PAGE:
Palm oil tumbles
December 05, 2012
Malaysian palm oil futures fell to its lowest in more than three weeks on Tuesday as investors fret over the prospects of another month of record stocks in the world’s No 2 producer. Spot December contract was trading at a 8 percent discount to the benchmark February futures, signalling oversupply and keeping investors on edge although seasonally slowing output and Chinese demand should curb stockpiles.
Record high stocks in Indonesia and Malaysia will see palm oil futures post their worst annual performance since the financial crisis in 2008. Palm oil prices have lost nearly 28 percent so far this year also on the deepening euro zone debt crisis affecting global economic growth.
“There is plentiful stock around – that’s the reason why the market is still technically weak. The local front is bearish,” said a trader with a foreign commodities brokerage. The benchmark February contract on the Bursa Malaysia Derivatives Exchange fell as much as 2,279 ringgit per tonne, the lowest since November 12, before closing at 2,298 ringgit ($756) per tonne.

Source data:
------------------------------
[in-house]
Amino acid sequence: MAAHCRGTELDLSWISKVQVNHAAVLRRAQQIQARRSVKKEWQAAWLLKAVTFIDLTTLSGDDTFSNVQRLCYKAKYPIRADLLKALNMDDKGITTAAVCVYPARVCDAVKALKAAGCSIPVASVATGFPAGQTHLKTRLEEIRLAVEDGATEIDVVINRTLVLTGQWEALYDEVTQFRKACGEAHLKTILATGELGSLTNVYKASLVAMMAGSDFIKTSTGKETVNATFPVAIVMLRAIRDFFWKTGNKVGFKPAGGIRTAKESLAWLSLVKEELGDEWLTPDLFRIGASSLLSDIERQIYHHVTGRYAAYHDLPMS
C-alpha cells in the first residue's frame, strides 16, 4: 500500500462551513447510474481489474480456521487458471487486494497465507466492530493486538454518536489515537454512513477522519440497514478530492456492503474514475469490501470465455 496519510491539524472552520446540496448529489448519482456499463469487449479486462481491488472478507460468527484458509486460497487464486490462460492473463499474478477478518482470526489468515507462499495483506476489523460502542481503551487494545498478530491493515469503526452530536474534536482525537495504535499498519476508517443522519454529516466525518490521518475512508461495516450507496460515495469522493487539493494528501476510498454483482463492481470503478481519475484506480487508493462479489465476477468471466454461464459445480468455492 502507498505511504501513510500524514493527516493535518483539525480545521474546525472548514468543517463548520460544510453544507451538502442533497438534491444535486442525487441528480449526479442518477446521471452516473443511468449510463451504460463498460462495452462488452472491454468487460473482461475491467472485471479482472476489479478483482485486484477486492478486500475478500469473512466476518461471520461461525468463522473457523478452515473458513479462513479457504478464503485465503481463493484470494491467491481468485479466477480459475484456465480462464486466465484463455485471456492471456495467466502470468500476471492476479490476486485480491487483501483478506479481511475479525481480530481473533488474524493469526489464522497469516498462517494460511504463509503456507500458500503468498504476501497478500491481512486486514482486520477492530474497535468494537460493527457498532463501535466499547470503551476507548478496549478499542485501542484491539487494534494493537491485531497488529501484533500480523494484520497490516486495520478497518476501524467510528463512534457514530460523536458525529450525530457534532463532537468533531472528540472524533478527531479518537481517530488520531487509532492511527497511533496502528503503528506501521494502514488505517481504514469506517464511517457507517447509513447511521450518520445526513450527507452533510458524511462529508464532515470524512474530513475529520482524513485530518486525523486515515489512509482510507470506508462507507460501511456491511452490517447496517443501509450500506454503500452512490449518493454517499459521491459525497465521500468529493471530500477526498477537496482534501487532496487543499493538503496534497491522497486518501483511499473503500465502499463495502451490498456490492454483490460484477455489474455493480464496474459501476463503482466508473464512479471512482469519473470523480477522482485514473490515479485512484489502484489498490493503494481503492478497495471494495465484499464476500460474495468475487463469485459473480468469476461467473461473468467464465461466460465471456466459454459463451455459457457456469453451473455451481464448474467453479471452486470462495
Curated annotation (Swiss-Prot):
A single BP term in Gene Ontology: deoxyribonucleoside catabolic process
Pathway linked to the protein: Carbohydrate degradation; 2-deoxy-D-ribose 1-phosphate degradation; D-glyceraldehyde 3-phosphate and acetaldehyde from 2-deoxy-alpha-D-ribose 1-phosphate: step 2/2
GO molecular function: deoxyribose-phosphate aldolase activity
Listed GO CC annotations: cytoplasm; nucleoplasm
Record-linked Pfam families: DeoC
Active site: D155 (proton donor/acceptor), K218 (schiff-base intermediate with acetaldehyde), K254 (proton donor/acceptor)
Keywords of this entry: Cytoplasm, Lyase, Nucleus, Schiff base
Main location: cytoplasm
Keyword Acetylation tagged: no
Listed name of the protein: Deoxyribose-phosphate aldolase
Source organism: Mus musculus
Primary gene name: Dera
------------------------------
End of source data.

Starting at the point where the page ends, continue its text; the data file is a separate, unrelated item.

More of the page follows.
Total traded volumes surged to 42,981 lots of 25 tonnes each, nearly doubling from the usual 25,000 lots. Technicals showed that palm oil would revisit its November 12 low of 2,220 ringgit per tonne, said Reuters market analyst Wang Tao. Malaysian crude palm oil exports are expected to rise in the next few weeks thanks to stronger demand from China ahead of Lunar New Year celebrations in February, and stricter import rules next year.
“We have assumed crude palm oil exports to increase by 5 percent to 1.85 million tonnes in November as Chinese traders are expected to stock up,” Kenanga Investment Bank analyst Alan Lim said in a note to clients. In palm oil’s competing markets, US soyoil for December delivery edged up 0.2 percent. The most active May 2013 soybean oil contract on the Dalian Commodity Exchange rose 0.1 percent.